Before & After: A Very Brown 1970s Kitchen Gets a Colorful Redo Full of Personal Touches
One word to describe this 1970s kitchen? Brown. Very, very brown.
Homeowner Chantal loved that her 1970s ranch was untouched when she purchased it, and she liked the retro vibe of the wood paneling on the walls. But, she says, “there was just too much brown in the kitchen.” Brown floors, brown cabinets, dark black-and-brown speckled counters … together, it made the room feel extra dark.
“There was also a bank of upper cabinets that blocked the view through the pretty bow window in the adjacent living room,” Chantal says. She wanted to give the kitchen a lighter, brighter look and take advantage of the scenery outside, too.
Things didn’t exactly turn out as Chantal had expected — in the best way. “I initially thought this would be a total “HGTV” gut, especially removing the soffit, which I felt really dated the kitchen,” Chantal says. “Looking at new cabinets, I realized how much better made our original solid wood cabinets were, and it did not make sense financially to replace them.”
So Chantal kept the cabinets in place, choosing to paint the lower ones a pretty green-blue. And while part of the kitchen was opened up to reveal the view out the aforementioned bow window, the soffit stayed in place.
“My father was an artist, so I leaned in to paint a mural on the soffit instead,” Chantal says. “I used leftover paint samples for the mural, so it fits the rest of the house.” The quirky mural brings tons of personality and turns the soffit into a punchy focal point.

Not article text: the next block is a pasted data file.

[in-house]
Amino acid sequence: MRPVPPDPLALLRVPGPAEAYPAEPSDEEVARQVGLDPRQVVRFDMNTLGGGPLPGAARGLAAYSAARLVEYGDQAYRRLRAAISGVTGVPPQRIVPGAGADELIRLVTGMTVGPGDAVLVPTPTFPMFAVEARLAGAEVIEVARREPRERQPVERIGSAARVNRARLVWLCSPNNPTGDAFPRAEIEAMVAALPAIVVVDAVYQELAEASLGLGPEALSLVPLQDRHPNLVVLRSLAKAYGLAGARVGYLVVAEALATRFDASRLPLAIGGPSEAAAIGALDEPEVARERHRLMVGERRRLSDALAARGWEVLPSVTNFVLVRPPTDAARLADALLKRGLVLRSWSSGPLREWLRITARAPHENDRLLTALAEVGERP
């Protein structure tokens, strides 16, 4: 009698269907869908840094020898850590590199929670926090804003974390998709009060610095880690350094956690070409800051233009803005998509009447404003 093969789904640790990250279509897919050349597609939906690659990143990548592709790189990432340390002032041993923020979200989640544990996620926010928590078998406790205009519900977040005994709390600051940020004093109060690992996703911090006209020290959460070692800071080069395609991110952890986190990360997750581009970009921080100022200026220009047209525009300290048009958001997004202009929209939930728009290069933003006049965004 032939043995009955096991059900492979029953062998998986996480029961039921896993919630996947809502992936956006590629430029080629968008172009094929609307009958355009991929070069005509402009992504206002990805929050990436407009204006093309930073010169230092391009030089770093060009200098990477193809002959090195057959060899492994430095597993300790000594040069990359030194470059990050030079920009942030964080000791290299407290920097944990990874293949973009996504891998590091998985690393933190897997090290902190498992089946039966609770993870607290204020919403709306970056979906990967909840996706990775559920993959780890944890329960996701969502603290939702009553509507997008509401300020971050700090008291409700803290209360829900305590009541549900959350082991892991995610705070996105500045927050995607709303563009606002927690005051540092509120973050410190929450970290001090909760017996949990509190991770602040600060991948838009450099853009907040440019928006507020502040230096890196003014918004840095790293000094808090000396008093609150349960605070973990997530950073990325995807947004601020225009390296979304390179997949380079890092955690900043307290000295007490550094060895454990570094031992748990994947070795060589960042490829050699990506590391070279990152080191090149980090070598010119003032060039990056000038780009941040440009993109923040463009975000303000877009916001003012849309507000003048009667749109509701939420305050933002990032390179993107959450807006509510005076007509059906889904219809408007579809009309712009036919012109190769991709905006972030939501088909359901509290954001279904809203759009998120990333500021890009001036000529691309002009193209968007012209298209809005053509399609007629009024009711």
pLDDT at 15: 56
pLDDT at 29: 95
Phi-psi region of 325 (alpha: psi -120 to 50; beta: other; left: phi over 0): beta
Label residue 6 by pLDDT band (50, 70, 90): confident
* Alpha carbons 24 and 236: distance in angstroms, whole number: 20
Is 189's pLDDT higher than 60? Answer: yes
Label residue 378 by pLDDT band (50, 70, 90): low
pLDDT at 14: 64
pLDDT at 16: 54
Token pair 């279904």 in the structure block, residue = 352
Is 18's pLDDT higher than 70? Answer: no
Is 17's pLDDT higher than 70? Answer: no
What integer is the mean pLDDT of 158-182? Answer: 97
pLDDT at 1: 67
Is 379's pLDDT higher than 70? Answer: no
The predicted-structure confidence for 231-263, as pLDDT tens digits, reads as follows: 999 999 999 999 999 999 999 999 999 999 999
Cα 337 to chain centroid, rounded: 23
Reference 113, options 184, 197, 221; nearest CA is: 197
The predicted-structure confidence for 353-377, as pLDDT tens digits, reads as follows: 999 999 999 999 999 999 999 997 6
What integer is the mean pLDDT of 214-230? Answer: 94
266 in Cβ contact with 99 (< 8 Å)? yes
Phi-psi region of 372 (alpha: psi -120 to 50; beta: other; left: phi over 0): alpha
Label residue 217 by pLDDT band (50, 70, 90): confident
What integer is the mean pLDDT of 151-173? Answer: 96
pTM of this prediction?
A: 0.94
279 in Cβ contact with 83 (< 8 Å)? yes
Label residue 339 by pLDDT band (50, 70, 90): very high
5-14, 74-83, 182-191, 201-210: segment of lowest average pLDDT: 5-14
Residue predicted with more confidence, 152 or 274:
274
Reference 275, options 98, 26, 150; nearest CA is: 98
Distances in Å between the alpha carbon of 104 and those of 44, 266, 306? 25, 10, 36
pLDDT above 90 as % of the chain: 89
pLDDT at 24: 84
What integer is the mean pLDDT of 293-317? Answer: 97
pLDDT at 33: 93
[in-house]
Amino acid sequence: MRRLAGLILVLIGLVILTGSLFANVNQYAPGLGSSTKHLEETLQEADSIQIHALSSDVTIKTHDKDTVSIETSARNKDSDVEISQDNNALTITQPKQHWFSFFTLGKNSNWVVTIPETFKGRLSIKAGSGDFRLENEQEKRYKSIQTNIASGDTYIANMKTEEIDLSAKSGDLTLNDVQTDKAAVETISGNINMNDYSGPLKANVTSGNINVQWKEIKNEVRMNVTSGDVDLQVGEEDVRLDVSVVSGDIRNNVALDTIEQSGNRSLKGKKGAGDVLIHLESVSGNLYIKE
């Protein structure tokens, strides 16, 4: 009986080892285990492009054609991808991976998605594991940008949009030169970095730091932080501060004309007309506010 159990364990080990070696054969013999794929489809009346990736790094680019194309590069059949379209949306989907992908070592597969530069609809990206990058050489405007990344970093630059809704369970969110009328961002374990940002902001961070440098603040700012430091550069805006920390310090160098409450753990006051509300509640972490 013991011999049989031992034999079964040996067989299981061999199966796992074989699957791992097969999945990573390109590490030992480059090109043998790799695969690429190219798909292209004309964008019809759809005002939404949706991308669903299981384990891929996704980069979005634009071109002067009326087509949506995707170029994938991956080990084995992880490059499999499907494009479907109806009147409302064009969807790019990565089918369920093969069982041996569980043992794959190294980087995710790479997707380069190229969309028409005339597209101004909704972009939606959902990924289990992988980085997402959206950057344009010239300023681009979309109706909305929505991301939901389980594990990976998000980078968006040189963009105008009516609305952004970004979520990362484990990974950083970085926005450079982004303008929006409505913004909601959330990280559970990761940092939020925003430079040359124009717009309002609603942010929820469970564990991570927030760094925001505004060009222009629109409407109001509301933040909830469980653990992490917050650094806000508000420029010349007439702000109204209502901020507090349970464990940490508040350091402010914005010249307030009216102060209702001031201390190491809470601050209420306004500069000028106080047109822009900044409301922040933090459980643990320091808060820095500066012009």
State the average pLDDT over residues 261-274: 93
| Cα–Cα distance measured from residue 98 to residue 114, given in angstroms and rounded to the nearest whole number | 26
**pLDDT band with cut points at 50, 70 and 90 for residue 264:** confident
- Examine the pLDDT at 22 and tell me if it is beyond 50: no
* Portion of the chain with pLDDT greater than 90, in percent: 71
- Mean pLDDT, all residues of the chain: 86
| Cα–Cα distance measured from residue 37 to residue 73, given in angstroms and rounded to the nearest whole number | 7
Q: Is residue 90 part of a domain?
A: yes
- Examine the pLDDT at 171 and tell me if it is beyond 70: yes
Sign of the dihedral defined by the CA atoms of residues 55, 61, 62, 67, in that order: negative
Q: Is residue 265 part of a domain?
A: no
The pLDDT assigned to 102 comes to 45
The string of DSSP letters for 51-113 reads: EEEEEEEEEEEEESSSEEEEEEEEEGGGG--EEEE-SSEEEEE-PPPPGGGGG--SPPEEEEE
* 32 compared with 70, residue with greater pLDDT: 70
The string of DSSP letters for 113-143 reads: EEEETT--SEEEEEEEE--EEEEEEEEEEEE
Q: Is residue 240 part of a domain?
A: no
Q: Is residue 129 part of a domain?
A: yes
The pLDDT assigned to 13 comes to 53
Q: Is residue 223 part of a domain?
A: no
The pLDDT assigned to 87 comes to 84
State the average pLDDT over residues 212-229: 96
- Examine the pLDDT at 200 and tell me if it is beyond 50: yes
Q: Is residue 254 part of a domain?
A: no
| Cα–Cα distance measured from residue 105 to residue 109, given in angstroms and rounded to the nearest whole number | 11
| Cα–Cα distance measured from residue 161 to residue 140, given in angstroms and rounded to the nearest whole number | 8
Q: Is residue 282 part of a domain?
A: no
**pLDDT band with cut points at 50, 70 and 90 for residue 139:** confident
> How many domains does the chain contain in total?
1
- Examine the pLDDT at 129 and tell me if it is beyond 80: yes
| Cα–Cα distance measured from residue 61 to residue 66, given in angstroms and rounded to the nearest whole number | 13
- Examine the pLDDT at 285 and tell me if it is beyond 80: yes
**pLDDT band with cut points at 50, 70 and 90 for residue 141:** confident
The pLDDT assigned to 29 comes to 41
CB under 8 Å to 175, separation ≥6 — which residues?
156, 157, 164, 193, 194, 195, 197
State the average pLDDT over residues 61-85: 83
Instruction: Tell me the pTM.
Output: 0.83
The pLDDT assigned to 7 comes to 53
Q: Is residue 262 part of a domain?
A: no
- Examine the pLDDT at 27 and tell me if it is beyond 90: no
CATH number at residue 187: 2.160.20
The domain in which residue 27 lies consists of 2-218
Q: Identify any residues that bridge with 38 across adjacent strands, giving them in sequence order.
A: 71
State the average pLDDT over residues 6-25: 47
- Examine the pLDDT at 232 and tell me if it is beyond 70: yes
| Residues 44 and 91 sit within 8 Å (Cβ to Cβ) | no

Live-edge wood shelves in the corner by the fridge are another unique and personal touch, as they were made with the lumber of a tree that fell in Chantal’s yard.
The rest of the renovation included new appliances, fresh white quartz countertops, a new sink, an oversized subway tile backsplash, and reconfigured cabinetry. It took about three months from start to finish.
“I love the lightness and fun of the finished kitchen,” Chantal says. “What I love best is actually not seen, as it is the new cabinets inserts fitted to what I like to have handy. It is so much easier to keep tidy as there is a designated spot for everything. For example, I have a pull out for everything salad related. I added pull-out cabinet shelves to not have to stack pots and pans.”
Chantal’s advice? “Do not feel you need to tear things out just because they are old,” she says. “I did not like the soffit but realistically at 5 feet tall, taller upper cabinets were not going to be very useful to me. Now I am glad I had fun painting them. It is easy to paint over if I ever get tired of it.”
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This post originally appeared on Apartment Therapy. See it there: Before and After: A 1970s Kitchen Gets a Vibrant Redo Full of Personal Touches